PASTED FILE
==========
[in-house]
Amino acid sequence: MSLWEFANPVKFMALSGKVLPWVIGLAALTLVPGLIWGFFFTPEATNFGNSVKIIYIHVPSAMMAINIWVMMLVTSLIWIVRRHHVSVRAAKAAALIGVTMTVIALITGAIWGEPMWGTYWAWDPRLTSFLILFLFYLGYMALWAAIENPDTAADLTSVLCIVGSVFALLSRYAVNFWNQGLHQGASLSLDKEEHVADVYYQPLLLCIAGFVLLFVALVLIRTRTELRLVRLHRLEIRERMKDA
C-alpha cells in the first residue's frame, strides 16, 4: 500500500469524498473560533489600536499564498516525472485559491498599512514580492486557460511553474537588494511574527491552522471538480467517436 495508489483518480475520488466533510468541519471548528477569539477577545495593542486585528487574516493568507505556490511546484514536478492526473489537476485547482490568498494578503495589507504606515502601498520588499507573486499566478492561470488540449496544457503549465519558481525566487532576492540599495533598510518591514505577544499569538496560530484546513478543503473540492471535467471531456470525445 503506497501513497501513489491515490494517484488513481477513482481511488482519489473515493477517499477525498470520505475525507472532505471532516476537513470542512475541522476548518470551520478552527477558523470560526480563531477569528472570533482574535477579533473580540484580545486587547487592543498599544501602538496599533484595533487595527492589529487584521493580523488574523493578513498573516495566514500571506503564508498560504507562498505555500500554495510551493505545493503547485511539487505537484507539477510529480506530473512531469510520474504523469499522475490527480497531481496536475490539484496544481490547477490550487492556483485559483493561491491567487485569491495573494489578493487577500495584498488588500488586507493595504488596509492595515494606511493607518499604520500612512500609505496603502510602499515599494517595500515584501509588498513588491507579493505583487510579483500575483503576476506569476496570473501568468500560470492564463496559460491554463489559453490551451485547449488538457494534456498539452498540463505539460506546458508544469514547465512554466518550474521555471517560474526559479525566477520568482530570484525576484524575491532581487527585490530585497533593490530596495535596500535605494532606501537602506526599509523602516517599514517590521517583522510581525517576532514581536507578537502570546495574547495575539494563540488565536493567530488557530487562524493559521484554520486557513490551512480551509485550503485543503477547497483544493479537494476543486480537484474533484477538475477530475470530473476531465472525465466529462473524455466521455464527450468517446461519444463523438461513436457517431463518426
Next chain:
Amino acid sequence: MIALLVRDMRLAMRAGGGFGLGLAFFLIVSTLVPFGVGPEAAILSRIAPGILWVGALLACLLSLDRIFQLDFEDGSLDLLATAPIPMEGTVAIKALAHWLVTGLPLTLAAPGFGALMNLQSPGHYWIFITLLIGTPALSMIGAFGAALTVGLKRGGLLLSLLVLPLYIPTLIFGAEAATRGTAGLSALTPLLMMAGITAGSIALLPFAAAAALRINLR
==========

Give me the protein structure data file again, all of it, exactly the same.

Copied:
[in-house]
Amino acid sequence: MSLWEFANPVKFMALSGKVLPWVIGLAALTLVPGLIWGFFFTPEATNFGNSVKIIYIHVPSAMMAINIWVMMLVTSLIWIVRRHHVSVRAAKAAALIGVTMTVIALITGAIWGEPMWGTYWAWDPRLTSFLILFLFYLGYMALWAAIENPDTAADLTSVLCIVGSVFALLSRYAVNFWNQGLHQGASLSLDKEEHVADVYYQPLLLCIAGFVLLFVALVLIRTRTELRLVRLHRLEIRERMKDA
C-alpha cells in the first residue's frame, strides 16, 4: 500500500469524498473560533489600536499564498516525472485559491498599512514580492486557460511553474537588494511574527491552522471538480467517436 495508489483518480475520488466533510468541519471548528477569539477577545495593542486585528487574516493568507505556490511546484514536478492526473489537476485547482490568498494578503495589507504606515502601498520588499507573486499566478492561470488540449496544457503549465519558481525566487532576492540599495533598510518591514505577544499569538496560530484546513478543503473540492471535467471531456470525445 503506497501513497501513489491515490494517484488513481477513482481511488482519489473515493477517499477525498470520505475525507472532505471532516476537513470542512475541522476548518470551520478552527477558523470560526480563531477569528472570533482574535477579533473580540484580545486587547487592543498599544501602538496599533484595533487595527492589529487584521493580523488574523493578513498573516495566514500571506503564508498560504507562498505555500500554495510551493505545493503547485511539487505537484507539477510529480506530473512531469510520474504523469499522475490527480497531481496536475490539484496544481490547477490550487492556483485559483493561491491567487485569491495573494489578493487577500495584498488588500488586507493595504488596509492595515494606511493607518499604520500612512500609505496603502510602499515599494517595500515584501509588498513588491507579493505583487510579483500575483503576476506569476496570473501568468500560470492564463496559460491554463489559453490551451485547449488538457494534456498539452498540463505539460506546458508544469514547465512554466518550474521555471517560474526559479525566477520568482530570484525576484524575491532581487527585490530585497533593490530596495535596500535605494532606501537602506526599509523602516517599514517590521517583522510581525517576532514581536507578537502570546495574547495575539494563540488565536493567530488557530487562524493559521484554520486557513490551512480551509485550503485543503477547497483544493479537494476543486480537484474533484477538475477530475470530473476531465472525465466529462473524455466521455464527450468517446461519444463523438461513436457517431463518426
Next chain:
Amino acid sequence: MIALLVRDMRLAMRAGGGFGLGLAFFLIVSTLVPFGVGPEAAILSRIAPGILWVGALLACLLSLDRIFQLDFEDGSLDLLATAPIPMEGTVAIKALAHWLVTGLPLTLAAPGFGALMNLQSPGHYWIFITLLIGTPALSMIGAFGAALTVGLKRGGLLLSLLVLPLYIPTLIFGAEAATRGTAGLSALTPLLMMAGITAGSIALLPFAAAAALRINLR